Ohio HBPA Seeks Mediator in Lingering Breed Dispute

The Ohio Horsemen's Benevolent and Protective Association has asked the Ohio Harness Horsemen's Association to agree to mediation in an effort to resolve "program and policy differences" between the Thoroughbred and Standardbred industries in the state.

The announcement is the latest indication that frustration in Ohio continues to grow. Through the first three weeks of 2004, total handle at racetracks is down 13%, or $2.8 million, from the same period in 2003. Total handle in 2003 was down more than $34 million from 2002. And late last year, the racing industry lost its bid to get a video lottery terminal referendum on the March 2004 ballot.

In an outline of issues last year, the Ohio HBPA claimed state law has created inequities that funnel millions of dollars in revenue earned by Thoroughbred racing to harness racing. Part of that stems from a common purse pool that divvies up dark-day simulcast revenue, but efforts by three Ohio tracks to have that law overturned have failed thus far.

"We have lived for too long with policies and programs in Ohio which favor harness racing at the expense of Thoroughbred racing," Bob Reeves, chairman of the Ohio HBPA Purses and Wagering Committee, said in the organization's latest release. "Many of our issues with the harness sector are simply a matter of fairness. The continued subsidization of harness racing by Thoroughbred racing in Ohio has to end."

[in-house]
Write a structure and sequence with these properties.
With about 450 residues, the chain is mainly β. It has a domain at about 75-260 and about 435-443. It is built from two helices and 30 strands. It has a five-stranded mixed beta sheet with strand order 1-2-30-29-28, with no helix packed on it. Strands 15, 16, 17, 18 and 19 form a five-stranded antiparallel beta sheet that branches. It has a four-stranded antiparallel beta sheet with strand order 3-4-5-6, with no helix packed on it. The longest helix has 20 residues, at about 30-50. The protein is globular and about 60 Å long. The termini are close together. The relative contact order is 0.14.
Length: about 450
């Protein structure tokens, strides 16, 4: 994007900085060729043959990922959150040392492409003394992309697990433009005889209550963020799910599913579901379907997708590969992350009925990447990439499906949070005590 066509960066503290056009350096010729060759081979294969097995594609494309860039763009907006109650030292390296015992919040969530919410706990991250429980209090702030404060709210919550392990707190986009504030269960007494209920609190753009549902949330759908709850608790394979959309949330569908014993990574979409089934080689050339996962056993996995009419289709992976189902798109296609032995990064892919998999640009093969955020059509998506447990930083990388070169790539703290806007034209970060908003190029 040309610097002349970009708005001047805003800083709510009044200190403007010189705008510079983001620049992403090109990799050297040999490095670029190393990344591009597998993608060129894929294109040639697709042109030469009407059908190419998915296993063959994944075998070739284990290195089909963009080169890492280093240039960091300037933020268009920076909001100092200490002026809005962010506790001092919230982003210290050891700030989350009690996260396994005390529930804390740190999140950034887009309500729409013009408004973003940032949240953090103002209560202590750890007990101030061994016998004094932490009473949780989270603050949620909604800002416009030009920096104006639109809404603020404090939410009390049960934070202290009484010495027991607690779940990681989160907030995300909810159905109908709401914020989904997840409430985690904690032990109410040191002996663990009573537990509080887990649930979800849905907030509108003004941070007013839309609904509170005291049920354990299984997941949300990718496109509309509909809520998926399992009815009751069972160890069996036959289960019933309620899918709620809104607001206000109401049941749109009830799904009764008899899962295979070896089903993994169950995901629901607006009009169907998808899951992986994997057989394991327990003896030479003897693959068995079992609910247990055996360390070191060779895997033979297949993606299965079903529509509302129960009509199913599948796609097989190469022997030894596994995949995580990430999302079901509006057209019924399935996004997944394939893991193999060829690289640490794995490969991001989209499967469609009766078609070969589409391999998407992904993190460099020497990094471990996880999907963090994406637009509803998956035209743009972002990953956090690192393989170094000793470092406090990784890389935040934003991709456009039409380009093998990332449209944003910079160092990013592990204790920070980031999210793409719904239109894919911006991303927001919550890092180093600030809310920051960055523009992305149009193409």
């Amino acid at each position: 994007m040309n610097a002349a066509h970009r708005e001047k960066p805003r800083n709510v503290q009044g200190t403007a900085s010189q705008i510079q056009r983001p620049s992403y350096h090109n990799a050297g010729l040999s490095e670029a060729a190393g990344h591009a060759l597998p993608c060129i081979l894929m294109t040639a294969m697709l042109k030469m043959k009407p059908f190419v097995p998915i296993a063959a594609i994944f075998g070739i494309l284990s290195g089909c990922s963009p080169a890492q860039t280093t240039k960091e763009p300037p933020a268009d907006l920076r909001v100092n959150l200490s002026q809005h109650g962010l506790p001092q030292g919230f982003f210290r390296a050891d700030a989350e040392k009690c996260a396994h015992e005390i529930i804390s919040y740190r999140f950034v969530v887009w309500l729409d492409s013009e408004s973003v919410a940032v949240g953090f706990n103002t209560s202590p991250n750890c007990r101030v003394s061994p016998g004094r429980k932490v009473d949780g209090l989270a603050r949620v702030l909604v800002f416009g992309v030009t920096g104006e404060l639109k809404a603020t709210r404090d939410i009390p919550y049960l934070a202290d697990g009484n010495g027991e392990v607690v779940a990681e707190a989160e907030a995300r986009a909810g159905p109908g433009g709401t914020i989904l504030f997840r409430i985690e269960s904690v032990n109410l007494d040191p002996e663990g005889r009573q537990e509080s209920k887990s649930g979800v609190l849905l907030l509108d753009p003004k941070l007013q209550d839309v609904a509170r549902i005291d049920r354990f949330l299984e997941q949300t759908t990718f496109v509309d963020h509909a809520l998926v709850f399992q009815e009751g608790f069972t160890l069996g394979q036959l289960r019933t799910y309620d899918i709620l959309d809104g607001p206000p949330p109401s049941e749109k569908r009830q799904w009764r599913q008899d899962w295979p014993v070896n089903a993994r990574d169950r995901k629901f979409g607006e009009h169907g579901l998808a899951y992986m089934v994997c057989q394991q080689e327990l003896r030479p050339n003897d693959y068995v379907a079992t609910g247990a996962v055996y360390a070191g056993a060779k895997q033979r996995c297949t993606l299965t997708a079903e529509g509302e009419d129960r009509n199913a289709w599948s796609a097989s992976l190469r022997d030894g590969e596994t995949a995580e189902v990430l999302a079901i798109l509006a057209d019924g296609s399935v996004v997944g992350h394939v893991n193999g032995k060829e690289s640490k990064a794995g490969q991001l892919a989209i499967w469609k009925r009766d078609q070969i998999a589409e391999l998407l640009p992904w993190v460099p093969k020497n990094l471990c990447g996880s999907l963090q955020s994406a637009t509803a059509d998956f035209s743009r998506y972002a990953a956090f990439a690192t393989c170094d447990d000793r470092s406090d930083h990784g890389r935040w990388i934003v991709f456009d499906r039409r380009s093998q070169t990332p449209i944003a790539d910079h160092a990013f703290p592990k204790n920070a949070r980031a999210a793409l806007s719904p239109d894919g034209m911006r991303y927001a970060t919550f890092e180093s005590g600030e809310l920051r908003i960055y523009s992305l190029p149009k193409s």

In an interview last fall, Jerry Knappenberger, general manager of the OHHA, said the organization would attempt to work with Thoroughbred horsemen. At the time, however, all industry sectors were working on the VLT bill.

In November, National HBPA president John Roark met with leaders of Thoroughbred and Standardbred groups in Ohio to encourage the two sides to resolve their differences through negotiations. Ohio HBPA president Gus George said those differences weren't resolved during the most recent OHHA board meeting.

Though on-track numbers continue to decline, horses remain a big business in Ohio from an economic and agricultural standpoint. There are seven commercial racetracks--three Thoroughbred and four Standardbred--that will offer more than 900 live racing programs this year, as well as about 70 county fairs, most of which offer harness racing with limited pari-mutuel wagering.

Meanwhile, account-wagering handle continues to grow through the AmericaTab system, which is owned by two Ohio racetracks--Beulah Park and River Downs--but hubs through Oregon. The Ohio HBPA is negotiating with Beulah Park on a revenue and source-market fee plan with a deadline of Feb. 19, date of the next Ohio State Racing Commission meeting, to have an agreement in place.

At the racing commission's December meeting, commissioners indicated even they have no idea how many Ohio residents make account wagers or whether the industry is receiving its fair share of revenue.

Thus far this year, only Beulah Park, the lone Thoroughbred track open for live racing, has shown a gain in on-track business--only 0.4% compared with the same period last year. Lebanon Raceway and Northfield Park, the two harness tracks open for live racing, have recorded on-track handle losses of 7.9% and 15.1%, respectively, during the first three weeks of the year, according to racing commission statistics.

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